The Wild Side: Autism bass fundraiser a headliner

How big are the next eight days? B-I-G, big, and for lots of reasons.

Saturday we celebrate National Hunting and Fishing Day. If you’ve never taken your youngsters to the Waddill Wildlife Education Center on North Flannary Road, you’ve missed a terrific chance to get your children knee deep into the celebration that is Louisiana’s outdoors.

The gates open at 9 a.m., and there’s enough to occupy our young folks, old folks, too, through the 3 p.m. close. There’s even enough time to get them to the kids’ fishing rodeo, take a turn at archery targets, fire a shotgun, get acquainted with snakes and alligators and learn how to cast a fly rod. Drink and food are provided and, best of all, it’s free.

Even better for youngsters is the first installment of the youth-only deer-hunting weekend in four of the state’s 10 deer hunting areas. These special weekends will follow later this year on the other six deer areas.

And there is a youth-only squirrel-hunt weekend on nearly a dozen of the state’s wildlife management areas.

Next Sunday, the core group of the Capital City’s Hunters for the Hungry has its 20th annual Clean Out Your Freezer Day, a program that has provided game, meat and fish from home freezers to the needy in the 12 parishes surrounding Baton Rouge.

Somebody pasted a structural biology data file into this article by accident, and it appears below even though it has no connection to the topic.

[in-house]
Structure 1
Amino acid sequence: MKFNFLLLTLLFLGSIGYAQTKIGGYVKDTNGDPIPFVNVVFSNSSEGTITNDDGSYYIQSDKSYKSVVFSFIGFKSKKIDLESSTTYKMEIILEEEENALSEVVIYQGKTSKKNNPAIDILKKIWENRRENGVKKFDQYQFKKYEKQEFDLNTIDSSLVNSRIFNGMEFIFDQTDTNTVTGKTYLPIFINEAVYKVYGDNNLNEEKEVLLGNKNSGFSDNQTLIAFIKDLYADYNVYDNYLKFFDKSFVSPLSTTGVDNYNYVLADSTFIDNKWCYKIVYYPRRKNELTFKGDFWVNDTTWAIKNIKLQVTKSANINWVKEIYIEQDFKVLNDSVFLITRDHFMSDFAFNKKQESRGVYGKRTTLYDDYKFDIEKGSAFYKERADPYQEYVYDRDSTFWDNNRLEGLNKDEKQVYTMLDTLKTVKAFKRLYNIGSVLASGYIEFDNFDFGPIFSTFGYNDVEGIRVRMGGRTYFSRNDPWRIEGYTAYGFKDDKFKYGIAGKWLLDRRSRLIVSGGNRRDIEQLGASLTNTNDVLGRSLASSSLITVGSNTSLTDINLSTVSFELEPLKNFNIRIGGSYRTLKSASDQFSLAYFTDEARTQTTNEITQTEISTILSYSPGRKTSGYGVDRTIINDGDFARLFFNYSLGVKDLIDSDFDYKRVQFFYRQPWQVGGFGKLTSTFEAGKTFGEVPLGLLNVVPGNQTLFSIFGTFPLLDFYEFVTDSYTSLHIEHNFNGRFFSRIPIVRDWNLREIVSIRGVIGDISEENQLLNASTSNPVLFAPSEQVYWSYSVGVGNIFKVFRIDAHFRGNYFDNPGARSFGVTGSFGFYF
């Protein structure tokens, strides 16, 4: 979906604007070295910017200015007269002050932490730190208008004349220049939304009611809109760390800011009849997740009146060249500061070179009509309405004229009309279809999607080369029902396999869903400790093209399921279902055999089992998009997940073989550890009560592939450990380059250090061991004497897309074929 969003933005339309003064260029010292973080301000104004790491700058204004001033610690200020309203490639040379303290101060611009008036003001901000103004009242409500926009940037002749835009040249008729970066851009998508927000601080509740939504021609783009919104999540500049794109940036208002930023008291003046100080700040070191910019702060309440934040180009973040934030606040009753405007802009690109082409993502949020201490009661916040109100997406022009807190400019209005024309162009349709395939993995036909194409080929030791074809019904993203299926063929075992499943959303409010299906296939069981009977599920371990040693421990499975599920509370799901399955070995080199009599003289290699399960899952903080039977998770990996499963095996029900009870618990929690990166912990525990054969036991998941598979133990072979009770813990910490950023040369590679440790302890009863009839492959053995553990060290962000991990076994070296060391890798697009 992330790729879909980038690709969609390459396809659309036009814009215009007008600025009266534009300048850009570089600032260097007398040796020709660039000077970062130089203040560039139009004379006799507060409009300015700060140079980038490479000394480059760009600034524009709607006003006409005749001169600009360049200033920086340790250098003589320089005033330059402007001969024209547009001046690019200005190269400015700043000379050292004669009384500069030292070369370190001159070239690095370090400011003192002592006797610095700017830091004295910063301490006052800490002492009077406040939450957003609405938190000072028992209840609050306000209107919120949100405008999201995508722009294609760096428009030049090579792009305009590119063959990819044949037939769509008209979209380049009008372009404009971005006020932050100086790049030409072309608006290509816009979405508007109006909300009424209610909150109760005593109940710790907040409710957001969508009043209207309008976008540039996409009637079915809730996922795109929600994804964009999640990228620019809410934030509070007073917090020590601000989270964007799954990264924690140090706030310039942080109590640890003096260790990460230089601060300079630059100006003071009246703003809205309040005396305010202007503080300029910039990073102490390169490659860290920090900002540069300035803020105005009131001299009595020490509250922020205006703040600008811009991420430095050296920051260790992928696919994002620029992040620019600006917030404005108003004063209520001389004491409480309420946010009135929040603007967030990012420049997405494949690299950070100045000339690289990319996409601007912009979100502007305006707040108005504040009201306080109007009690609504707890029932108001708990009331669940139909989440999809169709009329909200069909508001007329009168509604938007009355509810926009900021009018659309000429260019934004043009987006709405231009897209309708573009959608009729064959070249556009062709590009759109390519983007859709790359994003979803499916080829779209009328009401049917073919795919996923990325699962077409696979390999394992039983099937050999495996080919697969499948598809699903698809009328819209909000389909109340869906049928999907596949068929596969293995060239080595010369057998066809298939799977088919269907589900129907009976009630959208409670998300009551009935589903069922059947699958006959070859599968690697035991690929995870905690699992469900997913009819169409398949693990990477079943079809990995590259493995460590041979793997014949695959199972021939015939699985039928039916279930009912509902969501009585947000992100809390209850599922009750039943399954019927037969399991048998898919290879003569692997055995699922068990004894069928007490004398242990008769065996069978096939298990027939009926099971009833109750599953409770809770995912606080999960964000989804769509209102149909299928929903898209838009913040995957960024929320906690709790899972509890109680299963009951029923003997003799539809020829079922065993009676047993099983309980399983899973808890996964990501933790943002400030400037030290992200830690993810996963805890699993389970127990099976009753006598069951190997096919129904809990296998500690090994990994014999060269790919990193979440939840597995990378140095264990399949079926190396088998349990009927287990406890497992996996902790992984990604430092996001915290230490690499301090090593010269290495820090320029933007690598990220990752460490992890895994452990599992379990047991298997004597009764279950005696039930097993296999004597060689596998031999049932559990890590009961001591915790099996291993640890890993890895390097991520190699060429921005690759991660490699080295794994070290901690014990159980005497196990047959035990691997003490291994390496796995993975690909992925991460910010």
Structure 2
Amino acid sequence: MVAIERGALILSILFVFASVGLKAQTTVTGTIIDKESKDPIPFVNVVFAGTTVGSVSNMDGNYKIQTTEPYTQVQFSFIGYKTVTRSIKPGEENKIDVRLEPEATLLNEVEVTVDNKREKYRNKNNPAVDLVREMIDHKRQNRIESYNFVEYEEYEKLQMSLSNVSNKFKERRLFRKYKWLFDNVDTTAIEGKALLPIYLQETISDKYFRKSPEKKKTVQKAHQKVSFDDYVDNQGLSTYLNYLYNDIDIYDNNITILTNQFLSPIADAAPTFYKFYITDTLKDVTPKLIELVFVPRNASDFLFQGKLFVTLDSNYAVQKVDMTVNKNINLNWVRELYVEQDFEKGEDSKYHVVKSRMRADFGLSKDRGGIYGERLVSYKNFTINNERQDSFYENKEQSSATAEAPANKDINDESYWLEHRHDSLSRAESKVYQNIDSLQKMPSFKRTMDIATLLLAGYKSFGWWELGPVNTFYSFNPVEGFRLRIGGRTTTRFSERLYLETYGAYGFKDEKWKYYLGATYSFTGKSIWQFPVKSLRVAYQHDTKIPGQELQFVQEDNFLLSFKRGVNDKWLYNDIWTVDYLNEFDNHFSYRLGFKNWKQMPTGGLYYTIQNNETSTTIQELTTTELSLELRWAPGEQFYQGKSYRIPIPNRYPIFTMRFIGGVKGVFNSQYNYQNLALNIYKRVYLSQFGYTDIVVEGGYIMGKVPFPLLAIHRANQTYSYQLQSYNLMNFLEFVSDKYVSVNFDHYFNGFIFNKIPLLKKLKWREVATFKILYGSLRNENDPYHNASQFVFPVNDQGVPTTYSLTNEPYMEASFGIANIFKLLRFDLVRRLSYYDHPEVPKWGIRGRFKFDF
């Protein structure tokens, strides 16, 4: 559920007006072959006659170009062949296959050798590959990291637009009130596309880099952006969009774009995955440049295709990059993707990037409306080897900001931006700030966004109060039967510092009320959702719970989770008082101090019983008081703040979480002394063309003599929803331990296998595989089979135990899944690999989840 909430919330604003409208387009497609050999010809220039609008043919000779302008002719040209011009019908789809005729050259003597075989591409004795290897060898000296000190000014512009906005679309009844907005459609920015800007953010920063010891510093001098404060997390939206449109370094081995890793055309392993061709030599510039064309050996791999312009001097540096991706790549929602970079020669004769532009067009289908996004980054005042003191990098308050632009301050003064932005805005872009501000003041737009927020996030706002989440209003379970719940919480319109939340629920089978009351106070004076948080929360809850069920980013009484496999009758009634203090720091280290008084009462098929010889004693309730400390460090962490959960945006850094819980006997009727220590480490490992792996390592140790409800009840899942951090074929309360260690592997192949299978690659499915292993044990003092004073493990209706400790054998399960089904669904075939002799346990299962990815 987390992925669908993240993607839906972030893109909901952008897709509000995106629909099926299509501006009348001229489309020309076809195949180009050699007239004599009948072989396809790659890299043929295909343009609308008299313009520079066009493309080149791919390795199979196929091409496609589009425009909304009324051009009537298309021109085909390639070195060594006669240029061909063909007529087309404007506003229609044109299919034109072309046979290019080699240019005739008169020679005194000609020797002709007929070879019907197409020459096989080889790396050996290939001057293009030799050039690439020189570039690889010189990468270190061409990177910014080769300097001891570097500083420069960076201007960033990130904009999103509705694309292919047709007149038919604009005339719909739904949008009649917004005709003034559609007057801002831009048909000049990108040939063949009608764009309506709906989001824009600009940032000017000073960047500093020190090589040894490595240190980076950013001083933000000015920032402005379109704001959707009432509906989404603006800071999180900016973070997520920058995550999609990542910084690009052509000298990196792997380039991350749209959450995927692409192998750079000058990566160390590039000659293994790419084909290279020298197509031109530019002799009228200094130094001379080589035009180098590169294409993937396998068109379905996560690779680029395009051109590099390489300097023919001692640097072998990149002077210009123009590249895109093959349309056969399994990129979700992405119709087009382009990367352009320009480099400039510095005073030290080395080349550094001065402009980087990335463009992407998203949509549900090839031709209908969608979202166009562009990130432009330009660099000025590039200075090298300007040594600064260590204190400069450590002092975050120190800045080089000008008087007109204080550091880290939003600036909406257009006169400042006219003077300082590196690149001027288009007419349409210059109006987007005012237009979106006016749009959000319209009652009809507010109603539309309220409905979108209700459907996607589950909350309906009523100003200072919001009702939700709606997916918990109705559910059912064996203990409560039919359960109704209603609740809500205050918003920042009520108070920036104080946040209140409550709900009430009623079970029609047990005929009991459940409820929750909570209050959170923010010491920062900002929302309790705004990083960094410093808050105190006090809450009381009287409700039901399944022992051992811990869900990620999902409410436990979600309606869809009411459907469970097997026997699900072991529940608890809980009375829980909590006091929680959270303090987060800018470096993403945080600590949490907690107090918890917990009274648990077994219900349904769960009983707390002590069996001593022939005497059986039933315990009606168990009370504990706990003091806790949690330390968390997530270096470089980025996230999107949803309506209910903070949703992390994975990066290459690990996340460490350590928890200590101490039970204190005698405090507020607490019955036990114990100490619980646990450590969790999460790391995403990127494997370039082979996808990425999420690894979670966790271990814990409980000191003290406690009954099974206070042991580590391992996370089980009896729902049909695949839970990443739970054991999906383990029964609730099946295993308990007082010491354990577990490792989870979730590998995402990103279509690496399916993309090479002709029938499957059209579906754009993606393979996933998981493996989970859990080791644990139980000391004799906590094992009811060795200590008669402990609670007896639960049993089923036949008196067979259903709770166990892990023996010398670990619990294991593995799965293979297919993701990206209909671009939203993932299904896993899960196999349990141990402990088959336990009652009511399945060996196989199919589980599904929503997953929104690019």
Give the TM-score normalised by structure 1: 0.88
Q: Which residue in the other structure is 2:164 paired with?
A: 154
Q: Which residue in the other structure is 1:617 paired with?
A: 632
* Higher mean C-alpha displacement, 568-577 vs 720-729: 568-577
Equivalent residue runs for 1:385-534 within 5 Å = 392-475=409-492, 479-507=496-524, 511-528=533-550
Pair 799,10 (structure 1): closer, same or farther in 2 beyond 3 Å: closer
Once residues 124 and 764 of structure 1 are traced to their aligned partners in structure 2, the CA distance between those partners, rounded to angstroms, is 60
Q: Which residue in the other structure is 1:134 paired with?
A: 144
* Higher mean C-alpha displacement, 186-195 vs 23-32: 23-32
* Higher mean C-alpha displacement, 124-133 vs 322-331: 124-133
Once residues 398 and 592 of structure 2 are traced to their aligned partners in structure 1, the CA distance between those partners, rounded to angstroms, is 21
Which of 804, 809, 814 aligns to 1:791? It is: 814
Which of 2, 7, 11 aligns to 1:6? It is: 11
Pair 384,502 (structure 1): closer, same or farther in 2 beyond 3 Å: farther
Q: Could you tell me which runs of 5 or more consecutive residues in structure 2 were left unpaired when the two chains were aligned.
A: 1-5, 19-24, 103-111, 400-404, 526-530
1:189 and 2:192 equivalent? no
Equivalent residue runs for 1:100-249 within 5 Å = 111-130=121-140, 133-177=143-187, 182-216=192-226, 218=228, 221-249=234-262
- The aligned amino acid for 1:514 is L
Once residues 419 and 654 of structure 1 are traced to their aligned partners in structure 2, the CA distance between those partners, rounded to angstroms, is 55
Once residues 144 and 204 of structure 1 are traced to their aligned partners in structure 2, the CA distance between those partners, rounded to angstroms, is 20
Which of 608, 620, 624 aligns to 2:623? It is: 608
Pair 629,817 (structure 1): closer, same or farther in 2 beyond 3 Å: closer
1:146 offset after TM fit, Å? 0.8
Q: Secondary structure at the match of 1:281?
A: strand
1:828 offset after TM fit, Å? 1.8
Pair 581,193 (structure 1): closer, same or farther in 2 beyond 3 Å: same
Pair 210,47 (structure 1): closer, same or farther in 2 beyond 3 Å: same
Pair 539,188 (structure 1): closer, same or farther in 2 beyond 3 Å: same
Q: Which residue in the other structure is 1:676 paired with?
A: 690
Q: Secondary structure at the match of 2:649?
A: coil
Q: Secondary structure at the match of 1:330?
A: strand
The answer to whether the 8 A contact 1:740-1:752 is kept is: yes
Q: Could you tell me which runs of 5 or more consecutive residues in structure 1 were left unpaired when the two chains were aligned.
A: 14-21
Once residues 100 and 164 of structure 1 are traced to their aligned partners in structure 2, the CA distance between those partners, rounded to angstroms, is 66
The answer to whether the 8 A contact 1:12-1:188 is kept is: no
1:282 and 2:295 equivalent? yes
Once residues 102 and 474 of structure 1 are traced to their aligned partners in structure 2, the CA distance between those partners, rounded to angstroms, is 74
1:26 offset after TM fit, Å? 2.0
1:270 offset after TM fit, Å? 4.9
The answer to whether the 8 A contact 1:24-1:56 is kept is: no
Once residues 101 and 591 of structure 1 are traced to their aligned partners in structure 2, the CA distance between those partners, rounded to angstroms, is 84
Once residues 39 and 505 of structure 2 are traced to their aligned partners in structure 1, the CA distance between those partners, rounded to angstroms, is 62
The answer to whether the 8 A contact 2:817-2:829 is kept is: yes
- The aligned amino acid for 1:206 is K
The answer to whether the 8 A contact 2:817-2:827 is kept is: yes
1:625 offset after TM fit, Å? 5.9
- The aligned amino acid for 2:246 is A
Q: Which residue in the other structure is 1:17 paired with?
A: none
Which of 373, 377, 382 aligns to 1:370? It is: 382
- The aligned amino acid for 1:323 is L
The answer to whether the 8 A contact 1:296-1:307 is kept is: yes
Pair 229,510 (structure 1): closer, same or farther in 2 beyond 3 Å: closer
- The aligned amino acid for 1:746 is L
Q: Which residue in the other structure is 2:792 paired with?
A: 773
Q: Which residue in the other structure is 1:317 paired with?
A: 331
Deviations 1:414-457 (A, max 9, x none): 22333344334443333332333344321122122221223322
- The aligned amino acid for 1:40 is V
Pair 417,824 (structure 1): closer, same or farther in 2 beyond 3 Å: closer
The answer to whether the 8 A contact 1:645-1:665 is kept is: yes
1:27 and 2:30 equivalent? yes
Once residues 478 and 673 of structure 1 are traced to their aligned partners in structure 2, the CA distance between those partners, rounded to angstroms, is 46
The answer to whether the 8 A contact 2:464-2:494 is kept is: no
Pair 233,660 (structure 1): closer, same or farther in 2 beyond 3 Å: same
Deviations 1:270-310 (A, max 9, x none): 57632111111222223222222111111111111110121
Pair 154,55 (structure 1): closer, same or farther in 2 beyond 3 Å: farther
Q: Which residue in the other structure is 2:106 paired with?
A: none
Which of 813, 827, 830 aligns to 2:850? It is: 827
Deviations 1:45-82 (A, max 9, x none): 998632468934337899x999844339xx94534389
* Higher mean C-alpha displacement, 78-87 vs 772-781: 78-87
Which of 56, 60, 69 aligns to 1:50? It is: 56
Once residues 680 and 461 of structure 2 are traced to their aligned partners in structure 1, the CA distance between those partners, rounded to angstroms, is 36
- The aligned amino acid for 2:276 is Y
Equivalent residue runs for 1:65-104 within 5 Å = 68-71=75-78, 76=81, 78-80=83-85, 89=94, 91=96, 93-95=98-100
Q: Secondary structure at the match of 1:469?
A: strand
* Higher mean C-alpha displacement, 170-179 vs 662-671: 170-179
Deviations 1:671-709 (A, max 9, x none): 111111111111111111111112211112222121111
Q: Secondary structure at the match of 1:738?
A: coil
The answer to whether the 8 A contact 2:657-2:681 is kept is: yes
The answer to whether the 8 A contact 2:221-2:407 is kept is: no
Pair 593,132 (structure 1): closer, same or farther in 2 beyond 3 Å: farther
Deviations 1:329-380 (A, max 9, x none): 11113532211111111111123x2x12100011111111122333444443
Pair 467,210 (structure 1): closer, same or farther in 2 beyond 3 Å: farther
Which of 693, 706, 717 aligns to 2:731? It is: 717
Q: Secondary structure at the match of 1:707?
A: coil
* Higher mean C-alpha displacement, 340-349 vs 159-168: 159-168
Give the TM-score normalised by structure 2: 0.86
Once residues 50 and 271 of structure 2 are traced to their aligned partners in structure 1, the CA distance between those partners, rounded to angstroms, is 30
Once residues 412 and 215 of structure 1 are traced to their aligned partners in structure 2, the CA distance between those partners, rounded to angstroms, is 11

Then there’s Saturday’s Angling Against Autism bass tournament. It’s a very special fundraiser for a lot of very special folks.

Don’t know about you, but autism is becoming for today’s parents what polio was for our parents back in the 1950s.

Several times every year, my email box fills with somebody sending along a “remember when” series of photographs to remind us senior citizens of 26-cent-a-gallon gas, Hopper’s, Pontchartrain Beach, nickel Coca-Colas and Barq’s root beers, penny candy and unairconditioned automobiles.

Don’t recall any of those photos showing long lines of children waiting for polio shots, and the later lines of the sugar cubes dotted with a red liquid we crushed then swallowed to prevent polio.

Our parents’ fear of polio infecting their children was palpable. Every one of us knew somebody who had polio. My cousin spent months in an iron lung, and remembering a visit to the ward where he was confined 60 years ago left an indelible impression.

Today, all of us know parents with children affected by autism in some stage of severity. What’s worse is us older folks know more families affected by autism today than we remember families who had children afflicted with polio.

These families need our help, our prayers and our contributions. South Louisiana fishermen have turned out in droves to support other children’s projects so many times in the past 30 years, and we need to add autism to our list, especially now that we know one in 88 of our young are affected.

Call Moonie Bergeron (225) 938-2834 to enter.